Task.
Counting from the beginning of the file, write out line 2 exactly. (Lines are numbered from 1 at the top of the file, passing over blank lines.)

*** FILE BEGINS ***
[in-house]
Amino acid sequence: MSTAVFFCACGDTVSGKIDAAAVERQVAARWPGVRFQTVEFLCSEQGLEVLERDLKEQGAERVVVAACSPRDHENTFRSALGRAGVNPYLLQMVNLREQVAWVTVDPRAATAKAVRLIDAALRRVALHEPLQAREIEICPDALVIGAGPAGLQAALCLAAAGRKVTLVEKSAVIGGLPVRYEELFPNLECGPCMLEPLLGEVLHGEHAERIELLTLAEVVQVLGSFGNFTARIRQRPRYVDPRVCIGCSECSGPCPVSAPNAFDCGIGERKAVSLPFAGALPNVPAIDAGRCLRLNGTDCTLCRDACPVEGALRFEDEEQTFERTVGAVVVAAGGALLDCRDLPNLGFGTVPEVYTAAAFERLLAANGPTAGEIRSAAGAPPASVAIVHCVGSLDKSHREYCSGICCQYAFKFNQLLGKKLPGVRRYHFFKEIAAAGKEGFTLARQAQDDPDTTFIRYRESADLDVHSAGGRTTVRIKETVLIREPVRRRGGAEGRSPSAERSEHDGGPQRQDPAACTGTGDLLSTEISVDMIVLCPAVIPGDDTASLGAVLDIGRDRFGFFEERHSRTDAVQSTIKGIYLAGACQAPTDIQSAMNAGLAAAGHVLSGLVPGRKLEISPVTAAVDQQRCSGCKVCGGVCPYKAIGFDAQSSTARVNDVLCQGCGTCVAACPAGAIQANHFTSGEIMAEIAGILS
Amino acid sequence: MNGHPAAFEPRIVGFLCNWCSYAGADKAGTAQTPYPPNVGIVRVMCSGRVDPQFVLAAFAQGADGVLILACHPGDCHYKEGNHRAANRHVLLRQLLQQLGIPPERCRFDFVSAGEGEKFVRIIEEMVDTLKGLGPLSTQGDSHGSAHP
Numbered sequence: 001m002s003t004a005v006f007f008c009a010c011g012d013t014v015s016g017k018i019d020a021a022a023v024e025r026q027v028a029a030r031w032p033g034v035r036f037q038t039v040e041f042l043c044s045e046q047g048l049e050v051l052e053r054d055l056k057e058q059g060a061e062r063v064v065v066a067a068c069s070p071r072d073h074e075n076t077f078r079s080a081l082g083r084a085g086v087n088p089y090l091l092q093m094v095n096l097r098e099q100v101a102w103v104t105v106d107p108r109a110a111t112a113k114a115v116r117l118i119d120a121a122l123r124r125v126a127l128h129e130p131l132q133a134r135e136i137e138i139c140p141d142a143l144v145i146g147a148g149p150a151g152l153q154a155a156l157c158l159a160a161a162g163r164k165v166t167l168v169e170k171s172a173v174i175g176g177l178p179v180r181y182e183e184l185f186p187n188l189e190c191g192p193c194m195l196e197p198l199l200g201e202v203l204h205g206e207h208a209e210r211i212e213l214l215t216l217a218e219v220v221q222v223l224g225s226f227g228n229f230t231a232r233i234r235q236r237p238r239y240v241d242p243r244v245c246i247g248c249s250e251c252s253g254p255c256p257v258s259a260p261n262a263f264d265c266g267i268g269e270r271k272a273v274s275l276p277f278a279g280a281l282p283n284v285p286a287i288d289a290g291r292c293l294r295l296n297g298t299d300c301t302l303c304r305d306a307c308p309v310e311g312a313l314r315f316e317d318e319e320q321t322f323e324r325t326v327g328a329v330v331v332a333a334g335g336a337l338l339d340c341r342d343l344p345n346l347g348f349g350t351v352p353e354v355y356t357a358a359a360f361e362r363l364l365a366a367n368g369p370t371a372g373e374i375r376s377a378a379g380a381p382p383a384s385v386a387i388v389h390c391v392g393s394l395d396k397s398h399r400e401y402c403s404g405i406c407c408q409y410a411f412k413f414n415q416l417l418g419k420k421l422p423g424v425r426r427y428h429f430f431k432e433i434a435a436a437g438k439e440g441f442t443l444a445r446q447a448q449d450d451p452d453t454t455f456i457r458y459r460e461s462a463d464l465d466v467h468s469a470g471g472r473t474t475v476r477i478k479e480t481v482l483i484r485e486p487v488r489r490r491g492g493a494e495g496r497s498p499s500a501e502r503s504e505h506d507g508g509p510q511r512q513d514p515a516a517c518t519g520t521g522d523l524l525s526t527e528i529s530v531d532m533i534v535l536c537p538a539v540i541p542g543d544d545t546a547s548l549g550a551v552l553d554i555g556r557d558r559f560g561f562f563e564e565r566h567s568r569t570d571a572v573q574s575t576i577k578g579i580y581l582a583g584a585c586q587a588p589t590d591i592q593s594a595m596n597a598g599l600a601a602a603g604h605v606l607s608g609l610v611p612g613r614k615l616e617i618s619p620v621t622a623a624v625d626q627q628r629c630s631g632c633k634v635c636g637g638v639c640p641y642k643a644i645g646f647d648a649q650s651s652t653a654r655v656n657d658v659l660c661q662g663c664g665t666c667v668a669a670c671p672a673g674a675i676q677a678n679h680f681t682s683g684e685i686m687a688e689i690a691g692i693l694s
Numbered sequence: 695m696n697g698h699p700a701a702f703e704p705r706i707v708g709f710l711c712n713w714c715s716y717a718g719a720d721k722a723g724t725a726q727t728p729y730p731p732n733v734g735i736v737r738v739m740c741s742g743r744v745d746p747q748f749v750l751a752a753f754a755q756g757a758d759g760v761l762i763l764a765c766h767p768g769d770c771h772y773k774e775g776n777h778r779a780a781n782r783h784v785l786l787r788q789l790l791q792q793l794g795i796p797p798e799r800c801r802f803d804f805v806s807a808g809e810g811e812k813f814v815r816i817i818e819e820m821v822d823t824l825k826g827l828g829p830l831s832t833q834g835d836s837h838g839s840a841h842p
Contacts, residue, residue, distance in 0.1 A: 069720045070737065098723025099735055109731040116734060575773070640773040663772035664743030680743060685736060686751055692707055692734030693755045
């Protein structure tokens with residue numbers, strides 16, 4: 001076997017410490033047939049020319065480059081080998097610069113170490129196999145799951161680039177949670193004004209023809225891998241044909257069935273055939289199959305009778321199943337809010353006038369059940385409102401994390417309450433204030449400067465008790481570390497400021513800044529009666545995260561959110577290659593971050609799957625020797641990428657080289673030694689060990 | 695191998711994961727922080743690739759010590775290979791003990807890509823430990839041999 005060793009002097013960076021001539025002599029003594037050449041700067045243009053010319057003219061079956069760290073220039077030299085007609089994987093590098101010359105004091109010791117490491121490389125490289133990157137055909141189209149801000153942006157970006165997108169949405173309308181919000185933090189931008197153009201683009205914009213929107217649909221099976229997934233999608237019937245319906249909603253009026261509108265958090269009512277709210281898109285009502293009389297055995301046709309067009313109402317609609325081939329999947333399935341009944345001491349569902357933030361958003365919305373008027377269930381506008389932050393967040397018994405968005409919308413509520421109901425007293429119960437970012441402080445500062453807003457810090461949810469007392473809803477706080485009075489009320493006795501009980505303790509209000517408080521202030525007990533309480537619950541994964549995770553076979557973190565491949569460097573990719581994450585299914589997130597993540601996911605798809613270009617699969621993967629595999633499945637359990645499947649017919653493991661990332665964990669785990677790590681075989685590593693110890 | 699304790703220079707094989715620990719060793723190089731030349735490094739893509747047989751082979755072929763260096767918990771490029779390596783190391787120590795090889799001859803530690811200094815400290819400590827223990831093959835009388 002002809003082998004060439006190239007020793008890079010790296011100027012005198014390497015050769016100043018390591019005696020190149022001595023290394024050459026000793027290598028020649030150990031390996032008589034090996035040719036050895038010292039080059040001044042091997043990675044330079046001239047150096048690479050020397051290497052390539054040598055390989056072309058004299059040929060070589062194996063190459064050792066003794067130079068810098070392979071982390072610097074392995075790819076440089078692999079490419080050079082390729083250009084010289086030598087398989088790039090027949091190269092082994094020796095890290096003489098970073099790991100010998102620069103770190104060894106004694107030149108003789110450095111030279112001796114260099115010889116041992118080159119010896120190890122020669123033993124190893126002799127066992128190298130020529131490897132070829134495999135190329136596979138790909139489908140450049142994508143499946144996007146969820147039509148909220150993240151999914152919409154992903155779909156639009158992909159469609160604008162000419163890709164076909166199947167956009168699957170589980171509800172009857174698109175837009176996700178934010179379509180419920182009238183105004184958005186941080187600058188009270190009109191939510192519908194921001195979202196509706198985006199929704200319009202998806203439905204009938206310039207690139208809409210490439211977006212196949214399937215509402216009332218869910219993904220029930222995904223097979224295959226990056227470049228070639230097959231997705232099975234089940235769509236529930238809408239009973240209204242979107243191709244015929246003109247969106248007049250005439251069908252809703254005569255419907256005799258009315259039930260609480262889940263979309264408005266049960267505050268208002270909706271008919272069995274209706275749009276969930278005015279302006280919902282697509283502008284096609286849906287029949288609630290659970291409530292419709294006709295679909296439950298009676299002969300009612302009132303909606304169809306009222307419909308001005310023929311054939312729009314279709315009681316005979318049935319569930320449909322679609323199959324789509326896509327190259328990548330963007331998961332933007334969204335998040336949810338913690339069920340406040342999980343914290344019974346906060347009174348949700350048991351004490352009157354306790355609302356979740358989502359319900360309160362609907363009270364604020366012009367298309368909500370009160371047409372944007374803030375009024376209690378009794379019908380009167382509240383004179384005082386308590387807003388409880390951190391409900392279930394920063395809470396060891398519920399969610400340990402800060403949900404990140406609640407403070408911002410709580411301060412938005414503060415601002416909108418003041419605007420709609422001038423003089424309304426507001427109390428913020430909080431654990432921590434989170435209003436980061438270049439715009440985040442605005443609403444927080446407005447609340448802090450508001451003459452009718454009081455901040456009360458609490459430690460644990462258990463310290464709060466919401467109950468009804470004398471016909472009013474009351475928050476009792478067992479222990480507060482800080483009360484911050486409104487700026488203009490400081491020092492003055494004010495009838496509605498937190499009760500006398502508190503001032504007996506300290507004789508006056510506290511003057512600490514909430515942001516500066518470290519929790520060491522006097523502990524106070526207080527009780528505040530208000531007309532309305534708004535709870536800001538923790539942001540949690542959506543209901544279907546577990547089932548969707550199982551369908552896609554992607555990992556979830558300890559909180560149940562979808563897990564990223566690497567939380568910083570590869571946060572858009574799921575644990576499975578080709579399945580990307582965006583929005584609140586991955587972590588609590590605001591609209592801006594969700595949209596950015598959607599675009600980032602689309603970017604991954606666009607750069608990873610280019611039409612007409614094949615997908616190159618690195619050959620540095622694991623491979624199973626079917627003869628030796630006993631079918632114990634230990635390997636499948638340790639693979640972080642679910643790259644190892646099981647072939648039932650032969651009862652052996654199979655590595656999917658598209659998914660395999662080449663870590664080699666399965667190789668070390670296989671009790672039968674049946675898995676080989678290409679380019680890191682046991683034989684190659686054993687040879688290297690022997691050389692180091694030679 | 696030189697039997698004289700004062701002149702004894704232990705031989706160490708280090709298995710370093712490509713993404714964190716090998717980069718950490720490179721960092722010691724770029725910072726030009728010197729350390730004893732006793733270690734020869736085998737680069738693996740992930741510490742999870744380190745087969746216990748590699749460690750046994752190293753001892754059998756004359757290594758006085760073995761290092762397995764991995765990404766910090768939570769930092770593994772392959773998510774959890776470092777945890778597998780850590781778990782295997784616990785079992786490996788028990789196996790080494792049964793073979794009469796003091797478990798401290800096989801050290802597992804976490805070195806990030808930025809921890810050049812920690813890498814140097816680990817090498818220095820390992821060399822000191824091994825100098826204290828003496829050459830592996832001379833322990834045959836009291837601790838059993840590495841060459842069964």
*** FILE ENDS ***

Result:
Amino acid sequence: MSTAVFFCACGDTVSGKIDAAAVERQVAARWPGVRFQTVEFLCSEQGLEVLERDLKEQGAERVVVAACSPRDHENTFRSALGRAGVNPYLLQMVNLREQVAWVTVDPRAATAKAVRLIDAALRRVALHEPLQAREIEICPDALVIGAGPAGLQAALCLAAAGRKVTLVEKSAVIGGLPVRYEELFPNLECGPCMLEPLLGEVLHGEHAERIELLTLAEVVQVLGSFGNFTARIRQRPRYVDPRVCIGCSECSGPCPVSAPNAFDCGIGERKAVSLPFAGALPNVPAIDAGRCLRLNGTDCTLCRDACPVEGALRFEDEEQTFERTVGAVVVAAGGALLDCRDLPNLGFGTVPEVYTAAAFERLLAANGPTAGEIRSAAGAPPASVAIVHCVGSLDKSHREYCSGICCQYAFKFNQLLGKKLPGVRRYHFFKEIAAAGKEGFTLARQAQDDPDTTFIRYRESADLDVHSAGGRTTVRIKETVLIREPVRRRGGAEGRSPSAERSEHDGGPQRQDPAACTGTGDLLSTEISVDMIVLCPAVIPGDDTASLGAVLDIGRDRFGFFEERHSRTDAVQSTIKGIYLAGACQAPTDIQSAMNAGLAAAGHVLSGLVPGRKLEISPVTAAVDQQRCSGCKVCGGVCPYKAIGFDAQSSTARVNDVLCQGCGTCVAACPAGAIQANHFTSGEIMAEIAGILS